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Frankie Laine Keeps to the Sunny Side : Despite a recent personal loss, the singer promotes his auto-biography and croons a tune to swoon for.

September 01, 1993|ANN CONWAY

Eighty? No way.

Singer Frankie Laine took the stage at the Balboa Bay Club last week during a monthly meeting of Round Table West and proved he could still make 'em swoon.

In fact, the hundreds who turned out to hear the singer tout his autobiography, "Lucky Old Son," (Pathfinder) began to

applaud at the mention he might sing. (Laine's 21 gold records include "That's My Desire," "I Believe," "On the Sunny Side of the Street," "Shine," "Mule Train" "High Noon," "Jezebel" and "Rawhide.")

"When I appeared at Round Table West in Beverly Hills recently, the girls (Round Table founders Marylin Hudson and Margaret Burke) asked me if I'd consider doing some songs," said Laine, who turned 80 on March 30. "I said I would and I did. And I'd like to do some here."

The audience went wild. Whispered Donna Crean: "He was the singer my husband and I romanced to when we were newlyweds. We loved 'That's My Desire.' "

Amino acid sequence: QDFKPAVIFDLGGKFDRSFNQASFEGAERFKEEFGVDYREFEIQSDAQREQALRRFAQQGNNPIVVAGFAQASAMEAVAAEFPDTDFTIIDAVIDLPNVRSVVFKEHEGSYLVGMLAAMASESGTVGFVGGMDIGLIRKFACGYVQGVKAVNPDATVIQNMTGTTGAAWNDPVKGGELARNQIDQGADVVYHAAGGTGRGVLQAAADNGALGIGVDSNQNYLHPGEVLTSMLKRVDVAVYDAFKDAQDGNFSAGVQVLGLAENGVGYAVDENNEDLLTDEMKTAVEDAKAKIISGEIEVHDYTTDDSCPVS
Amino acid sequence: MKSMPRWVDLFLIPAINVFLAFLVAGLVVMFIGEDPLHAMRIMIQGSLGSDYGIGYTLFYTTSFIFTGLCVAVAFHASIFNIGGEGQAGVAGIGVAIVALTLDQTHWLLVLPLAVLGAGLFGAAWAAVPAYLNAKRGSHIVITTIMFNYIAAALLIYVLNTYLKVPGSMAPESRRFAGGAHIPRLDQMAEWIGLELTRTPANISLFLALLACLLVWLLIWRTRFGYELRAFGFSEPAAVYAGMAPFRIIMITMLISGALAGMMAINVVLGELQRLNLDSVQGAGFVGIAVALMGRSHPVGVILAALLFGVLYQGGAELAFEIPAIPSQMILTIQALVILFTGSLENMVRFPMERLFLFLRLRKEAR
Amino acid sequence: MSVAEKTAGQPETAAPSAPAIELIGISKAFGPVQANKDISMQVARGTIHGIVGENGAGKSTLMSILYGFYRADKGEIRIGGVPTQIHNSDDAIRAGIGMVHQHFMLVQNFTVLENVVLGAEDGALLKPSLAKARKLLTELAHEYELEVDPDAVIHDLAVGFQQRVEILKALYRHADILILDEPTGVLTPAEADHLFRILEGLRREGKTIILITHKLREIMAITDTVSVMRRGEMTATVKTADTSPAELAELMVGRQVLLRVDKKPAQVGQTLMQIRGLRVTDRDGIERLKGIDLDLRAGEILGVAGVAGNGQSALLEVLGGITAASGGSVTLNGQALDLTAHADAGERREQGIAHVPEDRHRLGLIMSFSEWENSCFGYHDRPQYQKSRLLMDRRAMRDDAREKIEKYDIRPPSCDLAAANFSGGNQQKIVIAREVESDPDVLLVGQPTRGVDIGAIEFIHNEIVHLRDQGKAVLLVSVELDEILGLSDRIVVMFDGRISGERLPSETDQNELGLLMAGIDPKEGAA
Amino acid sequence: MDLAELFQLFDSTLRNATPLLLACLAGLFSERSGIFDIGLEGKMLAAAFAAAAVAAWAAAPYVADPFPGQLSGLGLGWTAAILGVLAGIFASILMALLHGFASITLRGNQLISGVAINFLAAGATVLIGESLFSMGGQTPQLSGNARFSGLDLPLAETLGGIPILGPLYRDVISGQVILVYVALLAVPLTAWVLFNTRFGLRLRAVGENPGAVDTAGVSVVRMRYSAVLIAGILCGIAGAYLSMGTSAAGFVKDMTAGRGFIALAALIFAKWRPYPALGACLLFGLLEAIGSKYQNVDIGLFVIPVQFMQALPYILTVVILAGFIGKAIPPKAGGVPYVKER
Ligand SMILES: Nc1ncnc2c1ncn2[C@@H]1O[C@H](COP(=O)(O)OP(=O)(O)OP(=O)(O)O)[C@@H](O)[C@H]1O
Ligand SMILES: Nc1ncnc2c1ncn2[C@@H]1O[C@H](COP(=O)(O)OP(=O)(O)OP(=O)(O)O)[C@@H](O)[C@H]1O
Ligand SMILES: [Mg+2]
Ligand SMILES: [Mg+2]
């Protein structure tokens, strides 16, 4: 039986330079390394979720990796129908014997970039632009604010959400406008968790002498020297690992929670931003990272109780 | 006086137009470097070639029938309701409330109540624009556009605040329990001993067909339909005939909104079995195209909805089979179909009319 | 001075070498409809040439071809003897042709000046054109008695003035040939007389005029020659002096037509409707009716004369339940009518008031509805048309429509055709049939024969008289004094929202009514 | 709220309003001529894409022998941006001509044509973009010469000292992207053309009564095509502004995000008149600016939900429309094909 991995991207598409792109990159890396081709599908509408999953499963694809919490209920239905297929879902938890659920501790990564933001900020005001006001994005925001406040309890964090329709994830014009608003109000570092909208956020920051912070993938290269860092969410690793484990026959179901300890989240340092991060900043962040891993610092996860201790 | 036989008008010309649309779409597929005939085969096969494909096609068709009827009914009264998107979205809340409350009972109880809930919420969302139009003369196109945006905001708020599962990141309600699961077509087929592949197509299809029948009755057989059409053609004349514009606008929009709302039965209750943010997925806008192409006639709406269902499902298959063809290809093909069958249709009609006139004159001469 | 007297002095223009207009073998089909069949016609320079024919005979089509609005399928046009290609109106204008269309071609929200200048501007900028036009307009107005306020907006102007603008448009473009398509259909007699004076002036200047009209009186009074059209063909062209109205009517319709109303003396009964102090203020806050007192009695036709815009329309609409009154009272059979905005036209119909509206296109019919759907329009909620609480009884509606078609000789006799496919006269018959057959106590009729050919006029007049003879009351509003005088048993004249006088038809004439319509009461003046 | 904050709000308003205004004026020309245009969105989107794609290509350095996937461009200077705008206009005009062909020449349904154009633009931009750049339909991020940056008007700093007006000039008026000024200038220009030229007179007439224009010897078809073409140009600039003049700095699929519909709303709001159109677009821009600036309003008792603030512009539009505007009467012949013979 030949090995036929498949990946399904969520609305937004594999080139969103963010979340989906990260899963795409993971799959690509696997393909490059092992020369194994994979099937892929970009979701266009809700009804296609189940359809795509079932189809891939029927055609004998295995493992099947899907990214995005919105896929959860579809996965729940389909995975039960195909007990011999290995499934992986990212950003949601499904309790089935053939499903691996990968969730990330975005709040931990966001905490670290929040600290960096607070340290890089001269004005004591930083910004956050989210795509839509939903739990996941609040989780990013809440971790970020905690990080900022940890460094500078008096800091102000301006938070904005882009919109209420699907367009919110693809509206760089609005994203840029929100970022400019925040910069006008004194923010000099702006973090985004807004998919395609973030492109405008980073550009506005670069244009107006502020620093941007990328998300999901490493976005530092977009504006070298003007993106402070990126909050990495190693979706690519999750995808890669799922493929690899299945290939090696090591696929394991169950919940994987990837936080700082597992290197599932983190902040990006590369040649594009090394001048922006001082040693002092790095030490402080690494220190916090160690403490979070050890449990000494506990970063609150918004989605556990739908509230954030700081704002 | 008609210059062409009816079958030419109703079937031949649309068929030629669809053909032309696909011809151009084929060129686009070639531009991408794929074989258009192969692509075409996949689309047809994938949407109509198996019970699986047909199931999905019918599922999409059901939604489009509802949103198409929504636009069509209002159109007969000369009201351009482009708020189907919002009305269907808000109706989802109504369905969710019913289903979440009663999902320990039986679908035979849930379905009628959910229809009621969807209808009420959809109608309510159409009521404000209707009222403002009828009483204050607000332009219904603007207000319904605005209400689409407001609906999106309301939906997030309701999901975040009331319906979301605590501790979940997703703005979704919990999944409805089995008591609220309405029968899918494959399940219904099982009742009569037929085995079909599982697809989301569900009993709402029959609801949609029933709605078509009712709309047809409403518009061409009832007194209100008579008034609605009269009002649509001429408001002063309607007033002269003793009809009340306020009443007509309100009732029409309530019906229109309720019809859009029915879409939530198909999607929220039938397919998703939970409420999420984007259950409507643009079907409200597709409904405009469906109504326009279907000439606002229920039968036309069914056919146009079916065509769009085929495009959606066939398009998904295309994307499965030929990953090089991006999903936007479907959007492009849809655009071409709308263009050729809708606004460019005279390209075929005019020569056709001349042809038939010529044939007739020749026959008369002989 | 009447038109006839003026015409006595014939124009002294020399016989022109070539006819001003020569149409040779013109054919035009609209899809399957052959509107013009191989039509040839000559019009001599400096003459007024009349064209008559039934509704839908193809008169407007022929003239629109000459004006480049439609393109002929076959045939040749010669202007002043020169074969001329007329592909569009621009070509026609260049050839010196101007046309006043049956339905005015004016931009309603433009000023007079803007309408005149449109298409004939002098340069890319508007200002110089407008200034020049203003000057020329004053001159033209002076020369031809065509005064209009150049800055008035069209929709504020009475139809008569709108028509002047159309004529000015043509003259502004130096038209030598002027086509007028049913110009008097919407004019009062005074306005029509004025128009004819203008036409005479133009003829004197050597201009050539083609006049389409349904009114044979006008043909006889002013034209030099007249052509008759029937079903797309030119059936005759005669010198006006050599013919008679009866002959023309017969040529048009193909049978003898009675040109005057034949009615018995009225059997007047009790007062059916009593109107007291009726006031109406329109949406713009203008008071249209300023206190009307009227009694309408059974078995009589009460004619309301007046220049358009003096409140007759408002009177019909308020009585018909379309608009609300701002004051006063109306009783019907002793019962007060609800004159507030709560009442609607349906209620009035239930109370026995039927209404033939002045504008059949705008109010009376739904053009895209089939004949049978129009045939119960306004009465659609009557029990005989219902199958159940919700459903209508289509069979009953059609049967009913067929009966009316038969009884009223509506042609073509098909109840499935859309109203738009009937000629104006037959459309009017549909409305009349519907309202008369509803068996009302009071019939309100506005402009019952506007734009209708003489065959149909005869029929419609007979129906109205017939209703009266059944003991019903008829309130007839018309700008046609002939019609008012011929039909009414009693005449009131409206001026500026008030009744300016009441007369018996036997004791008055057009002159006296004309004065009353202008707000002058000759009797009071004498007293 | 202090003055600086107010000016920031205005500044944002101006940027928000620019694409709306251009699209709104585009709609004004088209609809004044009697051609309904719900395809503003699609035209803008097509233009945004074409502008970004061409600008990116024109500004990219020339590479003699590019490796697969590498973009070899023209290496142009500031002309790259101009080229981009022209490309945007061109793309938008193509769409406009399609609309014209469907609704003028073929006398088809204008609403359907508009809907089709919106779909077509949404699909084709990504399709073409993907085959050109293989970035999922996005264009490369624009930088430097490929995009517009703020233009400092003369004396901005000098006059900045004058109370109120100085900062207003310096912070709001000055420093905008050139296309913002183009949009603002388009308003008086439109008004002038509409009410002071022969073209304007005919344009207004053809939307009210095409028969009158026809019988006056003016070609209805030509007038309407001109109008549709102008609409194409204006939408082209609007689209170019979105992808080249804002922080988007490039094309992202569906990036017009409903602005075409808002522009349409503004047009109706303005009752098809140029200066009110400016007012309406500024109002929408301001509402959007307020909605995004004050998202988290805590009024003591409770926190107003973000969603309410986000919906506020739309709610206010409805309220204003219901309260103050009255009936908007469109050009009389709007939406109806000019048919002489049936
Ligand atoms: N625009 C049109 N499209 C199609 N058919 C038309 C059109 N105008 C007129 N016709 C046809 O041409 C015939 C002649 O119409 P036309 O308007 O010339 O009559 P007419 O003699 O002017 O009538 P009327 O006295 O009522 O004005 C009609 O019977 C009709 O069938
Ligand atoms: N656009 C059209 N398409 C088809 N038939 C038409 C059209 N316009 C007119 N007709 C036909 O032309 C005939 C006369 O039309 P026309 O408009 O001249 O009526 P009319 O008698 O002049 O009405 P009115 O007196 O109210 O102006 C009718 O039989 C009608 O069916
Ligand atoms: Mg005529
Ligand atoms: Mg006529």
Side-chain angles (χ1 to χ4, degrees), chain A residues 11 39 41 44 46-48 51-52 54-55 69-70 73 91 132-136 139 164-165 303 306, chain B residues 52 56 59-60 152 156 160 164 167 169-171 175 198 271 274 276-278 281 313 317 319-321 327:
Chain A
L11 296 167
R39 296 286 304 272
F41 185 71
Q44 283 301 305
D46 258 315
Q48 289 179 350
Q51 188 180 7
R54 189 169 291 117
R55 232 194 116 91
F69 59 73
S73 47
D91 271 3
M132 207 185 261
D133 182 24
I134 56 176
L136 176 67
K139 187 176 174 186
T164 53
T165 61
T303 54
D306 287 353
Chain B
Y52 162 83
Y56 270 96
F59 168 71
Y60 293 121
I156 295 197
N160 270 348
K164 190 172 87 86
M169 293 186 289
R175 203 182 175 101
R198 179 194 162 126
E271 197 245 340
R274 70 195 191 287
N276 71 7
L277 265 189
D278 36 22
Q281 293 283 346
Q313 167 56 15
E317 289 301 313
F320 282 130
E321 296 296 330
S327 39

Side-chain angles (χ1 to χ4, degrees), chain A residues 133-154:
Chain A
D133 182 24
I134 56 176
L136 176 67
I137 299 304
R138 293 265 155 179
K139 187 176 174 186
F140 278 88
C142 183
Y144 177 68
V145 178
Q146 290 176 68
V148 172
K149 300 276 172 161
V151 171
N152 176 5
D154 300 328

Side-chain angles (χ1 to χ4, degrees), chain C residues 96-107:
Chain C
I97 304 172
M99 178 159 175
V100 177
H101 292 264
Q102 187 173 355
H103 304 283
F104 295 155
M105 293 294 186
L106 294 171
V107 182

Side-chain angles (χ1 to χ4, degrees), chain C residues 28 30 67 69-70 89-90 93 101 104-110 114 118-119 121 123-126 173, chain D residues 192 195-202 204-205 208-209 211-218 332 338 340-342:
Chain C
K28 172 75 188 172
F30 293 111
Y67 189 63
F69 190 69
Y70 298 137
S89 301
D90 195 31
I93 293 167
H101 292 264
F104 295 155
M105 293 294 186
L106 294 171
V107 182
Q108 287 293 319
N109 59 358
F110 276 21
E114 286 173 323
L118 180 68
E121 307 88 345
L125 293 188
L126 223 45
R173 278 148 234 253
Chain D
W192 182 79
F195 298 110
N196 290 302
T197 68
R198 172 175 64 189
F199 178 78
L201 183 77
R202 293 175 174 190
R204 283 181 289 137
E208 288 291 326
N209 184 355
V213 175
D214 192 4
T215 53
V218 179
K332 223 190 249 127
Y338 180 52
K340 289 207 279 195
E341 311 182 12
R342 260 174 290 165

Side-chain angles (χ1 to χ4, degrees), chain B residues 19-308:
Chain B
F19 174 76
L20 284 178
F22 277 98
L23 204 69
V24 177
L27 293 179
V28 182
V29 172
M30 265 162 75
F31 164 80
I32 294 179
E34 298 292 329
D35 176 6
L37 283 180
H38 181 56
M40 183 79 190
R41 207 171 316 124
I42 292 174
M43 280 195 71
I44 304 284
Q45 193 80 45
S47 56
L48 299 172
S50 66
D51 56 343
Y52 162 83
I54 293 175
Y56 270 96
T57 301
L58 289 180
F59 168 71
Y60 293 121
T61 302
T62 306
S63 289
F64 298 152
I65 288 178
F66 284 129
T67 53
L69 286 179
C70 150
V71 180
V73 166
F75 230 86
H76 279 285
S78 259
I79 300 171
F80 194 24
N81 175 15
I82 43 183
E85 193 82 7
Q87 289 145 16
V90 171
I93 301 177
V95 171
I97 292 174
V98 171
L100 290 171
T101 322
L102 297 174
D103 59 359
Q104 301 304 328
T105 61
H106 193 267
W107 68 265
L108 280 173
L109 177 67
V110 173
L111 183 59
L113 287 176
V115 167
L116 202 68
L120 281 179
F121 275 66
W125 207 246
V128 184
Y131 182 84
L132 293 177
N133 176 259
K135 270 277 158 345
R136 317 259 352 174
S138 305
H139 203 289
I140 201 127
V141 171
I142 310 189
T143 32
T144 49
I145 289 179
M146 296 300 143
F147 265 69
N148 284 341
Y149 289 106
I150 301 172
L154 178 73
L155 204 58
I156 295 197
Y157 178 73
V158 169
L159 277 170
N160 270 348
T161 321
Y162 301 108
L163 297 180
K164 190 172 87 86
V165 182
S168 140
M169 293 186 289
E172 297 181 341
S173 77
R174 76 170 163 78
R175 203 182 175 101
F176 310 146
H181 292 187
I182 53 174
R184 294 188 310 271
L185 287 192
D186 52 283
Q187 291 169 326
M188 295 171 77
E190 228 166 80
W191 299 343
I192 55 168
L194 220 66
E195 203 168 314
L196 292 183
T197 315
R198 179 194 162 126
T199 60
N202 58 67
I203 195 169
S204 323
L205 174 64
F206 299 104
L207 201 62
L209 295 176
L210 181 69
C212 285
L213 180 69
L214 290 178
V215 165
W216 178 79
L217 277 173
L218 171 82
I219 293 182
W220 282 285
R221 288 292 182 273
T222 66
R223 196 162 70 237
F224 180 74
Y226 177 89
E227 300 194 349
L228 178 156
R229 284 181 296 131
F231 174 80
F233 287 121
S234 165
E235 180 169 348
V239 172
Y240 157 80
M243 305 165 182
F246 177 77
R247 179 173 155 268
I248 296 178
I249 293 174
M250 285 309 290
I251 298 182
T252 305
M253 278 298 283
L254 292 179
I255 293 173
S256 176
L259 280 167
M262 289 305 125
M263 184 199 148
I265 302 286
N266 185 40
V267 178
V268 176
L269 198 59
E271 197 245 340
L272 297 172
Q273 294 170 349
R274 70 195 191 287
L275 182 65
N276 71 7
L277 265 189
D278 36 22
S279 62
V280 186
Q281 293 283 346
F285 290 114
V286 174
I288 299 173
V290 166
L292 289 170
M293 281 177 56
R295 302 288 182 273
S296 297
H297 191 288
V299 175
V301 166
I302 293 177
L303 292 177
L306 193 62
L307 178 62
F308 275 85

Laine sang to one of the orchestral backup tapes he uses to practice. "I continually try to keep the voice up," he explained. "You know what they say: 'If you don't use it, you lose it.' "

Laine is a long way from losing it. The man who rose from a boyhood in the Chicago of Al Capone to a Royal Command Performance before the Queen of England sang "I'm Old Enough to Be Your Father" with a heart-melting tenderness.

"I'm old enough to be your father, young enough to be your lover, but most important, I want to be your friend," he sang, " . . . why keep chasing rainbows or wishing on a star? Why not just accept the way we are?"

During lunch, Laine, who lives in San Diego (and annually stars in a music festival there), confessed that these were not the easiest of times. He had lost his wife of 43 years--beautiful blond actress Nan Grey--only one month before. "She died on her birthday," Laine confided.

(In his book, he recounts how he met Nan at the Cocoanut Grove on her birthday in 1948. "Someone sent a note to my dressing room saying there was a certain lady who wanted to meet me . . . for her present, she'd asked to be taken to our show.")

Of his 225-page book--an account of his rise from poverty to international stardom-- Laine said: "I'm so grateful I finished it before I lost her."


Armanied to the nines: Male models sporting heavy tweeds and sleek leathers took the runway for charity Sunday when Emporio Armani of South Coast Plaza in Costa Mesa staged a fall preview to benefit the Laguna Art Museum in Laguna Beach.

Billed as one of the museum's annual Perspectives dinner series, the $35-per-person event raised $3,200. Greg Escalante was chairman.

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